Most investors are familiar with a 20+ year chart of the S&P 500 Index. Now that we have reached triple-top territory many are asking which way we go from here. The chart looks like one of the greatest trading ranges in history.
Generally speaking, in the shorter term, the markets are ruled by emotion, sentiment and trend following.
In the longer term there tends to be a greater correlation between the fundamentals and market direction.
I offer the three bubbles below as examples because I see that they share a common factor: a modern central bank, the Federal Reserve, attempting to actively manage each one. This major factor could give us some insight as to how the future could play out and how we might profit from it.
Let's examine the first head of the monster--the dot-com bubble. In 1993 the World-Wide-Web was born with the introduction of the Mosaic Web Browser. This kicked off a boom of Internet start ups that seemingly could do no wrong. As the power of the Internet became apparent, a positive feedback loop developed which fed the bubble. The potential seemed unlimited and investors poured money into internet stocks until the Nasdaq topped out at over 5000, late in the year 2000. The S&P 500 peaked at just over 1500. US 10 Year Treasury Bonds were yielding over 6%. Then the music stopped.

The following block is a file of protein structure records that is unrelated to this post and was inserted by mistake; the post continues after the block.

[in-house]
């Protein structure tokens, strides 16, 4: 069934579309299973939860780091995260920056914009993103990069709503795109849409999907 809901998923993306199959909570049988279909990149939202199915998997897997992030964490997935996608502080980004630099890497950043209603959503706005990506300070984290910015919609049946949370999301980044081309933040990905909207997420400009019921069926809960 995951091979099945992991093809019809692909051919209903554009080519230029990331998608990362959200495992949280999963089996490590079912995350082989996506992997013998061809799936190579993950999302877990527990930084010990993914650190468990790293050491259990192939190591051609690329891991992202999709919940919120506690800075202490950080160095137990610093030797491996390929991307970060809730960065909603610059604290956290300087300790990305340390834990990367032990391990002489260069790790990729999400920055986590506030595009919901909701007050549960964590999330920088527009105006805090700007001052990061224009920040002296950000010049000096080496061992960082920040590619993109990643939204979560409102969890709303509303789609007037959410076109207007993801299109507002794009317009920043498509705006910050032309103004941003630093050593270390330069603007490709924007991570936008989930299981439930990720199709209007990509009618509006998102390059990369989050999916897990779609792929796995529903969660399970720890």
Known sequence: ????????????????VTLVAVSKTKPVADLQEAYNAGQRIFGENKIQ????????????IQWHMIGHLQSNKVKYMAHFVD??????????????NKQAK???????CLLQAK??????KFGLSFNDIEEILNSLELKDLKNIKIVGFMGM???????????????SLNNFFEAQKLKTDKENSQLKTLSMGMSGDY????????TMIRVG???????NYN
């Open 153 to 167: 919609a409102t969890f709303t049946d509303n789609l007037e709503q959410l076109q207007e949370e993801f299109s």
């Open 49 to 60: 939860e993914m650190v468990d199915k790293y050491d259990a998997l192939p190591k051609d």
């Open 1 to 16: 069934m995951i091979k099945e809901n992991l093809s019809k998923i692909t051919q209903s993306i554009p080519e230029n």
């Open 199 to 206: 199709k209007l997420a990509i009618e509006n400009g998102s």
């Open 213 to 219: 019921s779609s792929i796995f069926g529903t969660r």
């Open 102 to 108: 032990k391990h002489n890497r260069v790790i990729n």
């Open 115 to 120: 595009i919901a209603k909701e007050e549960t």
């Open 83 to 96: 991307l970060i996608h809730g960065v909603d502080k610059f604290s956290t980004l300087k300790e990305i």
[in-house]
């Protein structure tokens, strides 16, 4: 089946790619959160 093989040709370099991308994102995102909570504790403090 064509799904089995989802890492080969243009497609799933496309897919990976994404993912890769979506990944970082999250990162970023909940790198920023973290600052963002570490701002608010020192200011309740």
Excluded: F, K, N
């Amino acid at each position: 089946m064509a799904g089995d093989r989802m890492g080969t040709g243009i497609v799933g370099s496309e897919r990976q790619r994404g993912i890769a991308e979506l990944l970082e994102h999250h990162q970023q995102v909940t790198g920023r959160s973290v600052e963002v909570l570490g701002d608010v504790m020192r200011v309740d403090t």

The dot-com bust exposed numerous errors in the growth theory that the positive feedback loop had hidden on the run up. Huge amounts of office space in west coast cities suddenly became vacant. In six months, San Francisco saw 3 million square feet of office space go up for rent. Prices plunged. In mid-2002 the Nasdaq hit bottom below 1150, losing nearly 80% of its value from the peak. As the market collapsed the Fed steadily cut interest rates until they got down to about 1% by early 2003. This helped to give rise to the second head of the three-headed monster.
As we know, the second head of this monster was the housing bubble. This bubble got its start with the end of WWII and the birth of the Baby Boomer generation. Government programs made it increasingly easier to borrow money for housing. As most of us are familiar, cheap credit, Adjustable Rate Mortgages with low teaser rates and sub-prime mortgages fueled the parabolic rise in housing prices in the early to mid-2000s. Once again, a positive feedback loop developed and cheap credit made many people think that housing prices would go up forever and that they should buy not one house but several to function as virtual ATM machines.